Hey everyone, long time no see! It's been a while and I promise I'm still working on the Song Dynasty sections of Hanfu Unearthed—in the meantime, enjoy this not-so-short cheat sheet to all of the most commonly used fibers and weaves in hanfu, whether historically or in the industry today.
Fibers are the material from which threads are spun to be made into fabric. These include synthetic fibers made in labs or factories by humans, as well as animal fibers that are grown as fur or silk by animals, or plant-based fibers that we harvest from various fibrous plants.
Rising in popularity, especially last summer, tencel is a kind of semi-synthetic fiber made from cellulose, also called lyocell, originally made to imitate silk. Made by dissolving cellulose into pulp and using dry jet-et spinning to reconstitute the fibers, it’s a clean process that creates a kind of synthetic fiber using natural materials: easier to dye than cotton, more breathable than polyester, moisture-wicking, and softer than linen. The one downside of tencel is that it’s easily wrinkled, but its smooth draping quality and breathability make it a first choice for hanfu manufacturers today. Other rayons are also used, but none as prominent as tencel.
You’ll find this fabric on summer/spring/early autumn tops, most often in Song Dynasty and Ming Dynasty clothing like Ming Dynasty shan and Song Dynasty feijixiu or moxiong. Given its breathability and softness, you’ll often see this either worn next to the skin since it’s comfortable or worn as a thin outer layer that won’t heat you up even when layered over another piece. Tencel can be dry cleaned or tumble dried, and machine washing is absolutely fine—just be sure to either iron it afterwards or hang dry or lay flat to dry, because it really is pretty easily wrinkled. Look for the term 天絲棉/天丝棉/tian1 si1 mian2/sky silk cotton if you want to find tencel hanfu.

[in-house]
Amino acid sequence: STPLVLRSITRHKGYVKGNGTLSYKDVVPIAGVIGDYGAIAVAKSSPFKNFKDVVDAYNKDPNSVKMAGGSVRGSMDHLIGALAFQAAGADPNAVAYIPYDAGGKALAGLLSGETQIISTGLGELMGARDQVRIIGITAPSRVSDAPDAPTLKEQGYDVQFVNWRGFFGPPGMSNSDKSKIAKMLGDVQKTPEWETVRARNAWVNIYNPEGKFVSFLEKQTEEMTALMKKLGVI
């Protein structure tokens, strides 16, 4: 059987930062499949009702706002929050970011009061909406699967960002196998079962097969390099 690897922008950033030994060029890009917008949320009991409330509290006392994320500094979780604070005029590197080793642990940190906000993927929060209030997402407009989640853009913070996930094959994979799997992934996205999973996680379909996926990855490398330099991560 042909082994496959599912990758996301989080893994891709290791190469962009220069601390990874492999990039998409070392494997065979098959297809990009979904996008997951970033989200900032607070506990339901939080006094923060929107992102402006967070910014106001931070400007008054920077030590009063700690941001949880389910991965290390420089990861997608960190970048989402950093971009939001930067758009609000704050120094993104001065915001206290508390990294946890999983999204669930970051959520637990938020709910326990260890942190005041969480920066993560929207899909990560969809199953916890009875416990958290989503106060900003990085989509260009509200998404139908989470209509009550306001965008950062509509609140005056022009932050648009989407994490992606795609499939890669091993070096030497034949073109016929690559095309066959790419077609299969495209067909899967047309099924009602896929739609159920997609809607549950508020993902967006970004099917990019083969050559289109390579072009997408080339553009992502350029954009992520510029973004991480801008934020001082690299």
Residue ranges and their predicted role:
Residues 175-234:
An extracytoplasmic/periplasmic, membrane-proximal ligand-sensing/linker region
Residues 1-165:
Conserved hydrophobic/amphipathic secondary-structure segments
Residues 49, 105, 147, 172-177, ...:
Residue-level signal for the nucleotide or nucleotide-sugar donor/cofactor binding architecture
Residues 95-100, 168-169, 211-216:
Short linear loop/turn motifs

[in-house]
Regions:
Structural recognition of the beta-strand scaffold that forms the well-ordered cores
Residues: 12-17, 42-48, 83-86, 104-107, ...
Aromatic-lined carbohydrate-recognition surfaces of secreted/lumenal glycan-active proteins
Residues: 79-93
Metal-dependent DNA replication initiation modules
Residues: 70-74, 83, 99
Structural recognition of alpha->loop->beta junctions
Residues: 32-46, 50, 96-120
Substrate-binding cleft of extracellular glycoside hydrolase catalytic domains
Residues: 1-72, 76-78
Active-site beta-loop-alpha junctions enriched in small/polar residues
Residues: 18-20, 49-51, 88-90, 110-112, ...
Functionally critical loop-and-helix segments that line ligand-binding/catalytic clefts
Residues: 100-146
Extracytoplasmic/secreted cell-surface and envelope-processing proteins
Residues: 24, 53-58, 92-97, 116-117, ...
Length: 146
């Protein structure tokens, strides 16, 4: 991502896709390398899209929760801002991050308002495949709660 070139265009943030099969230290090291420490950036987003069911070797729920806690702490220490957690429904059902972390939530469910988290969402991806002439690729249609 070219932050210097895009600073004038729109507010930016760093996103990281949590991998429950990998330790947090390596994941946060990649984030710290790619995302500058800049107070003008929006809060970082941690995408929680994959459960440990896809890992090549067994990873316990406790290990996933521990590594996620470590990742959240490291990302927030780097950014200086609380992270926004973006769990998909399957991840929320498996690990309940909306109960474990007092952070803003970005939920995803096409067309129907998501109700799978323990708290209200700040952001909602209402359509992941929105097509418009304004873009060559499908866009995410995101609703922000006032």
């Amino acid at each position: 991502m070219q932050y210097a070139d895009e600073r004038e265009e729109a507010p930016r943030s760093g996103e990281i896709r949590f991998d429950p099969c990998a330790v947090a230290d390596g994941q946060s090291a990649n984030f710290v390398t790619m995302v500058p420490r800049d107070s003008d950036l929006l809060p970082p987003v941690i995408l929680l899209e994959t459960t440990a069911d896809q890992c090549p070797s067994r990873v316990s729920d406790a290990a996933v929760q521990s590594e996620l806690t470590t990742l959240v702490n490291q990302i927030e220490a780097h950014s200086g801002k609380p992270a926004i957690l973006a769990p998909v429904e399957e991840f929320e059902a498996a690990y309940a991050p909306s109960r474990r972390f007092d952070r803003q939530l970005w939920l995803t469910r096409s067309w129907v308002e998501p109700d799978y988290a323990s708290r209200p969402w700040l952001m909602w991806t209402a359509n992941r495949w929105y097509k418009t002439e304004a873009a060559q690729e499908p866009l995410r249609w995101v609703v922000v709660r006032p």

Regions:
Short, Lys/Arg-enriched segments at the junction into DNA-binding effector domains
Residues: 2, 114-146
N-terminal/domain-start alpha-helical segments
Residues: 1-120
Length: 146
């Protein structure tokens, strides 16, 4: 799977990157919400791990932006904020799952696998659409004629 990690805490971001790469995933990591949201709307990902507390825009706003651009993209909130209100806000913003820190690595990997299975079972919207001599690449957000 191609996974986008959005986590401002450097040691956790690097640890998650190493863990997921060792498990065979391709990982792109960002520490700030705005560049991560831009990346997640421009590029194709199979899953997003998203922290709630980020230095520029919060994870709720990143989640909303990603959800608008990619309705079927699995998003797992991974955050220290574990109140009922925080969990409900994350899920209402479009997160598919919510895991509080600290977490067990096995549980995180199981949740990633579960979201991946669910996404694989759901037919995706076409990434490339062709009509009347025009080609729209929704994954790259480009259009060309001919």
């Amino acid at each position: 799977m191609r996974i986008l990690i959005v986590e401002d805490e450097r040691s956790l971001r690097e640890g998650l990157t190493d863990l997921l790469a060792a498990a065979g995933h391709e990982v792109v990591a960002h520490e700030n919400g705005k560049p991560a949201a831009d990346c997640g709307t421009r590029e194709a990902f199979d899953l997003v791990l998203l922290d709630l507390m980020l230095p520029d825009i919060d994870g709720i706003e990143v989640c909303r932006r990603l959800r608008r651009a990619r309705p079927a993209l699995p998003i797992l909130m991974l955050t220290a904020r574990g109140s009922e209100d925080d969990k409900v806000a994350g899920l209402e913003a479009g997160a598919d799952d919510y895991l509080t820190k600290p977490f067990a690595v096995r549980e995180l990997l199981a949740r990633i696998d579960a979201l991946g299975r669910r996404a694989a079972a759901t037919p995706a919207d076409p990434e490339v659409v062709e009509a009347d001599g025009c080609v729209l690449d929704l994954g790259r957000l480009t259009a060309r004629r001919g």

Hypoallergenic, versatile, and easy to work with, cotton and cotton mixes (棉/棉/mian2) are some of the most common clothing fibers you’ll find in any industry, including the hanfu industry. In history, cotton wasn’t commonly used until the Song Dynasty, with hemp being more common—cotton was mainly produced by the minorities on the outskirts of country and not grown in the main fiber, but by the Ming Dynasty cotton was a fairly common fiber used in fabric. Versatile and a bit nicer to the skin than hemp, cotton’s moisture wicking abilities soon became well-known and the popularity of brocaded cotton started to rise.
These days you can see cotton in pretty much everything—tops, bottoms, particularly brocaded Ming dynasty ao and shan. Zhequn like mamianqun, baidiequn and bai zhequn with many folds tend to be a bit less common, though, due to the fact that folds made with cotton are easily destroyed and require re-ironing or dry cleaning to keep maintained—polyester is usually the better choice there. Cotton can be safely machine washed and dried, but it’s particularly prone to shrinkage, so the first wash can cause some pieces of clothing to go down half a size. Hang dry, lay flat, or iron if you’re afraid of wrinkles.
Similar to cotton, linen (亚麻/亚麻/ya3 ma2/flax-hemp) is a plant-based fiber derived from flax. It's not as commonly used because flax wasn't as prevalent in China, and it shares cotton's tendency to wrinkle. It's very similar to hemp, though, which is a bit more accurate.
Linen’s more historically accurate cousin, hemp (麻/麻/ma2) was one of the most common fibers we’ve found that the ancients really liked to use in their clothing. It’s similarly easy to work with, breathable, and holds its shape pretty well, though depending on the weave it can also drape fairly easily. In the older dynasties hemp fabric was probably the most popular commoner’s fabric, since not everyone could afford silk—the downsides of this fabric are that similar to linen it can be a bit scratchy sometimes and it’s also incredibly easy to wrinkle, but its unique texture and thickness are perfect for some outer layer tops and earthy-toned fabrics, and it’s suitable for both the cold and warm seasons of the year.